- Develop a robust research agenda. Intergenerational relationships have been studied by academics and practitioners across the globe. For example, the Journal on Intergenerational Relations “publishes research on intergenerational relationships, integrating practical, theoretical, familial and policy perspectives on intergenerationality.” The Academy for Gerontology in Higher Education hosts an Intergenerational Learning Research and Community Engagement group. However, little attention has been devoted to the specific field of intergenerational service. While some cross-generational service programs (e.g., Experience Corps) have been rigorously studied, more research is needed, and the study of co-generational national service programs is uncharted terrain.
A starting point is to identify intentional and unintentional intergenerational service programs already underway. The research methodology to be applied should include measuring participants’ attitudes about each other’s generation and community problems, before and after the service experience, to reveal the extent and sustainability of change resulting from the intergenerational connections.
Comparative research could assess the efficacy of intergenerational service activities. In addition to increasing understanding, efforts like these would inform best practices for designing new intergenerational service programs.
Nothing can be done to restore the over half million lives lost to COVID-19 in our country. It is possible, however, to reduce the pandemic’s impact on future generations and rebuild the social cohesion our democracy needs to thrive.
“Community ownership” is the thread connecting the articles in this issue of the eJournal of Public Affairs. In his introductory essay, Greg Burris defines this as an internalized feeling of responsibility for the success of one’s community and everyone living in it. Intergenerational national service is an approach to turn this idea into a reality, by bringing people of different generations together for the common purpose of meeting community needs.
Federal policies developed during the past decades have encouraged national service that connects different generations. Despite the lack of wide implementation, there is ample experience showing that intergenerational service benefits participants and communities. In addition to making progress on pressing social challenges, engaging community members across the age spectrum to serve together increases understanding and empathy across generational and cultural divides. As with all forms of service, it builds a sense of responsibility for solving social problems to strengthen communities. Bridging divisions among different generations, along with other divides that separate Americans, is an essential step toward unifying our country.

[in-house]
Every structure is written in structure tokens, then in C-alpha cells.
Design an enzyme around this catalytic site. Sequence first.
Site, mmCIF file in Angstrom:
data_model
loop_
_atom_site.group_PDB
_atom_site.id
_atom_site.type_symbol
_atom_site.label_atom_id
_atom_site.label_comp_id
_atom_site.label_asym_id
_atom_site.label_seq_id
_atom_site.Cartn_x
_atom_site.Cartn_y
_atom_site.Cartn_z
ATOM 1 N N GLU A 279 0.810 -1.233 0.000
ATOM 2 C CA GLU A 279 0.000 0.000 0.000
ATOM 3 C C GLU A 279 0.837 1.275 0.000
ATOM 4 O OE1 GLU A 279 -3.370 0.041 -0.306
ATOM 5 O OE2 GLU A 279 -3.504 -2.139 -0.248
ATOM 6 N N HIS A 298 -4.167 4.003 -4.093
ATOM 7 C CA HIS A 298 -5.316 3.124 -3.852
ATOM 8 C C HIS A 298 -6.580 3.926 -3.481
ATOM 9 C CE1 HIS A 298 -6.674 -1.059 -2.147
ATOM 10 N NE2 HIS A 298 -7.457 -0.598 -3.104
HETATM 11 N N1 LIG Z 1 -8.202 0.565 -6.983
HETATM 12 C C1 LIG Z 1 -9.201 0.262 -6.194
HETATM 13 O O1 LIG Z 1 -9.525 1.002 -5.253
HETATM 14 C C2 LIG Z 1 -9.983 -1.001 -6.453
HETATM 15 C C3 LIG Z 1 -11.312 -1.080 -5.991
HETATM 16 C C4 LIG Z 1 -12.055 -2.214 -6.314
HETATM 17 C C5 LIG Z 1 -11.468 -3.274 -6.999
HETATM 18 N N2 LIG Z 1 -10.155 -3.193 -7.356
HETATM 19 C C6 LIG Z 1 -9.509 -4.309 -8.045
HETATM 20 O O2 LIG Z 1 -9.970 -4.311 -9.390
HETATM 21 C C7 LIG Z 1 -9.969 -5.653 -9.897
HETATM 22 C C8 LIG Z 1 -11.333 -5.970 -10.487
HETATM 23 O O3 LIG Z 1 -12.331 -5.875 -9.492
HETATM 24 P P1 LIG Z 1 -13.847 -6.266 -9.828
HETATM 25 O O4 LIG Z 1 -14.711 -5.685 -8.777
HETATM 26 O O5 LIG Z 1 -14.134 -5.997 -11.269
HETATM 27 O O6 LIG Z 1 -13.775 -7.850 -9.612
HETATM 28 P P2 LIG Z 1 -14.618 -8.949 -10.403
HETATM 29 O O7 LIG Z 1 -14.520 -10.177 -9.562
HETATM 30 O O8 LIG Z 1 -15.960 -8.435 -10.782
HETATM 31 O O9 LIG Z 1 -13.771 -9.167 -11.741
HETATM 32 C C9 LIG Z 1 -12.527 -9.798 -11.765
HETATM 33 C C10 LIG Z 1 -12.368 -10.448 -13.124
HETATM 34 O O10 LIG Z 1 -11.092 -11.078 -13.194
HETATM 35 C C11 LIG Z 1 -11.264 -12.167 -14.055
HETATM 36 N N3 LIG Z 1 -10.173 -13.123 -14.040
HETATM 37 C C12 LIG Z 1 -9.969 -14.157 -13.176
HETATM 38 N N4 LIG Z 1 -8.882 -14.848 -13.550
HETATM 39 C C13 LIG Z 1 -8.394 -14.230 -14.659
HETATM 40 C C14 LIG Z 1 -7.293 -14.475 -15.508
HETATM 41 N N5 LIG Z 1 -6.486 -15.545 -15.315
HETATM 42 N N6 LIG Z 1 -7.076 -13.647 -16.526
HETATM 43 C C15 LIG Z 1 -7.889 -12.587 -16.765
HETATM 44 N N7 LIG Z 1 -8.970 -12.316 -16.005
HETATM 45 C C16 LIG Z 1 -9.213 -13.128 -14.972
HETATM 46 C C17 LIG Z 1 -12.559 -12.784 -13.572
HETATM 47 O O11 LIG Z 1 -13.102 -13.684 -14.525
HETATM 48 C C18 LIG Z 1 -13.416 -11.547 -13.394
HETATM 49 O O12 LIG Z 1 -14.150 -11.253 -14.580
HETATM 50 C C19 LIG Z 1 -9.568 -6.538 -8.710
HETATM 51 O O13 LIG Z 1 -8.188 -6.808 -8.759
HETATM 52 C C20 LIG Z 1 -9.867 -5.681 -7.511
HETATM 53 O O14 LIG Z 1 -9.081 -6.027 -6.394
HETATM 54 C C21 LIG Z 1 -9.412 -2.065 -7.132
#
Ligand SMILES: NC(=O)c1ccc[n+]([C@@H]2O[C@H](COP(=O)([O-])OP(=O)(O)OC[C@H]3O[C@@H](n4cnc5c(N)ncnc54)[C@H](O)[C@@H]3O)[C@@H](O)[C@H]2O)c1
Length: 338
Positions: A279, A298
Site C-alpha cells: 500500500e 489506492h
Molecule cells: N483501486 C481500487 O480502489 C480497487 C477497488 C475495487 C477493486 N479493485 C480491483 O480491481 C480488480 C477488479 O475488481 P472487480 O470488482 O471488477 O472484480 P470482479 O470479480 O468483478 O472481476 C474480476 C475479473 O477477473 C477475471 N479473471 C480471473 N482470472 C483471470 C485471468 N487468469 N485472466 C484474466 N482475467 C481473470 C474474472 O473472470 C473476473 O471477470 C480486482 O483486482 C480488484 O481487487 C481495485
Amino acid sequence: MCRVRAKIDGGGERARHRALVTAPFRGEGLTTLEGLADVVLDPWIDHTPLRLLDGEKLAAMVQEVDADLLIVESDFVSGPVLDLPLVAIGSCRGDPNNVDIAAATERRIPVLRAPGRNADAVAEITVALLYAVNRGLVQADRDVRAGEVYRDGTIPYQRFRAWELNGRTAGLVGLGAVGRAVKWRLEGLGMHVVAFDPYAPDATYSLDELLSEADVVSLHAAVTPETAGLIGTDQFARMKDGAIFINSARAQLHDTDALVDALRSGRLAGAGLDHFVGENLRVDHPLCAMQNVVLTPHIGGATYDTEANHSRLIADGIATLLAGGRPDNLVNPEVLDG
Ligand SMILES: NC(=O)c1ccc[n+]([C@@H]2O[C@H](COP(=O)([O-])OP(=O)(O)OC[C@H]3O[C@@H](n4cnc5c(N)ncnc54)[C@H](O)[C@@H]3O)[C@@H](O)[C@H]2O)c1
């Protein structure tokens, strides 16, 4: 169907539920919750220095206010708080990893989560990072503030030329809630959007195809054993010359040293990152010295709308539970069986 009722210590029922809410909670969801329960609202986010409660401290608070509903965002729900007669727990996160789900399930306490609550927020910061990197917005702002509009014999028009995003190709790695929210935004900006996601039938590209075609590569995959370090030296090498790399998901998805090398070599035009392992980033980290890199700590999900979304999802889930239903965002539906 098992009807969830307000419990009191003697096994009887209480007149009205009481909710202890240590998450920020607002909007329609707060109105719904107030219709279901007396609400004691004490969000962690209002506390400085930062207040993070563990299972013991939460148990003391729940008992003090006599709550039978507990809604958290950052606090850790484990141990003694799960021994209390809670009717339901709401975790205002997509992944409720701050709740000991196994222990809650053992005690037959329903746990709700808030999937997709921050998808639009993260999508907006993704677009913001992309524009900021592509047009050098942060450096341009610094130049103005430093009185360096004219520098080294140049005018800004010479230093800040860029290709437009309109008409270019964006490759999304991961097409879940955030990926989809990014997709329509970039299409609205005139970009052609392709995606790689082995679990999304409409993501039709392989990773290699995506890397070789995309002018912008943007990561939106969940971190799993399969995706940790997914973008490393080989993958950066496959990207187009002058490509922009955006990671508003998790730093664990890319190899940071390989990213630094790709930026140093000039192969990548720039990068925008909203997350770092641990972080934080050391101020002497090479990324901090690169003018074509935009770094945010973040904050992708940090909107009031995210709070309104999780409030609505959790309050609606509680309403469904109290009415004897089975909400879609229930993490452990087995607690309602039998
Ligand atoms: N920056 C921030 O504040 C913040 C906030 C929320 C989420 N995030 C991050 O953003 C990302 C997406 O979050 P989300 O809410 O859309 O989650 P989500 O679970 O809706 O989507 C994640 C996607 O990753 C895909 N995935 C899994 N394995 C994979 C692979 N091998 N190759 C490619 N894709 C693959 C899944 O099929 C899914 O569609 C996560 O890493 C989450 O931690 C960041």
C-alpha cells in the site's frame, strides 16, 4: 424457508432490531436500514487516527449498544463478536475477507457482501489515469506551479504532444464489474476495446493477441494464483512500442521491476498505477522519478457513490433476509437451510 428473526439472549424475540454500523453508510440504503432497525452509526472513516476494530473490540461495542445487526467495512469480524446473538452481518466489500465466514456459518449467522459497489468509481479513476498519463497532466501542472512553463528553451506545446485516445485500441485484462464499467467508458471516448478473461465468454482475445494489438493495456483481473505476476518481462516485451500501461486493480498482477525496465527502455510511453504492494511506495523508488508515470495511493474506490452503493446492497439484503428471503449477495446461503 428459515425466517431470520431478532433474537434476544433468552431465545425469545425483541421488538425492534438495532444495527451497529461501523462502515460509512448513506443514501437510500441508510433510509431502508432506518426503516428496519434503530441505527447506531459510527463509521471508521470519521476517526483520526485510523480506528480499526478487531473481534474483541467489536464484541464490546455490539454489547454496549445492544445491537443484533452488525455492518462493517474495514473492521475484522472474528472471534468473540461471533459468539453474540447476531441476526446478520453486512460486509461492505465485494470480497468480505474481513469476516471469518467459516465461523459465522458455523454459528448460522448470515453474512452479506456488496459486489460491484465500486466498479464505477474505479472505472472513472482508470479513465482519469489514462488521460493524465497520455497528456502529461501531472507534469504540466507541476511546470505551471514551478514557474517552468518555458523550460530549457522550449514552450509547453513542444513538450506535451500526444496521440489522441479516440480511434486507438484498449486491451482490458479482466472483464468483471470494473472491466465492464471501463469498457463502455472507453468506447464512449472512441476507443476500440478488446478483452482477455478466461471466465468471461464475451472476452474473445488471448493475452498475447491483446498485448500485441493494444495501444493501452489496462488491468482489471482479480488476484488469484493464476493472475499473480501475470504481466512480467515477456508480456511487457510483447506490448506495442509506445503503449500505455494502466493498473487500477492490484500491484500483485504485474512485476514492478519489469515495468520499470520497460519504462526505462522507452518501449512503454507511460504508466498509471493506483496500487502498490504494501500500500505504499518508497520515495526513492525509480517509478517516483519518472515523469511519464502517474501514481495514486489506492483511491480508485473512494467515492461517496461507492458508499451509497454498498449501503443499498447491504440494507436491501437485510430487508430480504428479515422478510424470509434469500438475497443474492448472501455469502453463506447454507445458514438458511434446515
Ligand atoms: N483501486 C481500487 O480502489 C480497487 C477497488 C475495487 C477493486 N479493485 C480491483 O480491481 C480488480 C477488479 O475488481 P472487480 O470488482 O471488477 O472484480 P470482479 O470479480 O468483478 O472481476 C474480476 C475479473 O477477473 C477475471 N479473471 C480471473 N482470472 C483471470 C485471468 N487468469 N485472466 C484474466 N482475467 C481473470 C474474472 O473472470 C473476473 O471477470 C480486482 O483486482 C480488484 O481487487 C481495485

We do not need to look far to realize the importance of unity to American democracy. In a memorable intergenerational moment, Amanda Gorman, our nation’s first National Youth Poet Laureate, made this point in her poem “The Hill We Climb,” delivered at the 2021 inauguration of the oldest president to be sworn into office:
We close the divide because we know, to put our future first,
we must first put our differences aside….
So let us leave behind a country
better than the one we were left with.
Phyllis Segal is a Senior Fellow at Encore.org, where her work is all about solutions. This article is part of her focus on advancing intergenerational national service as a powerful new way to meet community needs and bridge the generational divide. Other activities on this front include co-founding Encore.org‘s Intergenerational Vaccine Corps. As Vice President of Encore.org from 2007 to 2020, Phyllis spearheaded many groundbreaking initiatives, including the Gen2Gen campaign, research to understand encore talent as a resource for meeting society’s most pressing needs, and programs to offer pathways for people in later life who want to transition to new work in nonprofits and government. She is a Trustee of the John F. Kennedy Library Foundation and on the Advisory Board of the Eli J. and Phyllis N. Segal Citizen Leadership Program at Brandeis University. Phyllis previously served on the Board of the Corporation for National and Community Service (appointed by President Obama); Chair of the Federal Labor Relations Authority (appointed by President Clinton); Board Chair of the Brady Campaign to Prevent Gun Violence; founding Legal Director of the NOW Legal Defense and Education Fund; and in other government and nonprofit leadership positions. She earned her J.D. at Georgetown University Law Center, B.A. from the University of Michigan. Phyllis can be reached at email@example.com.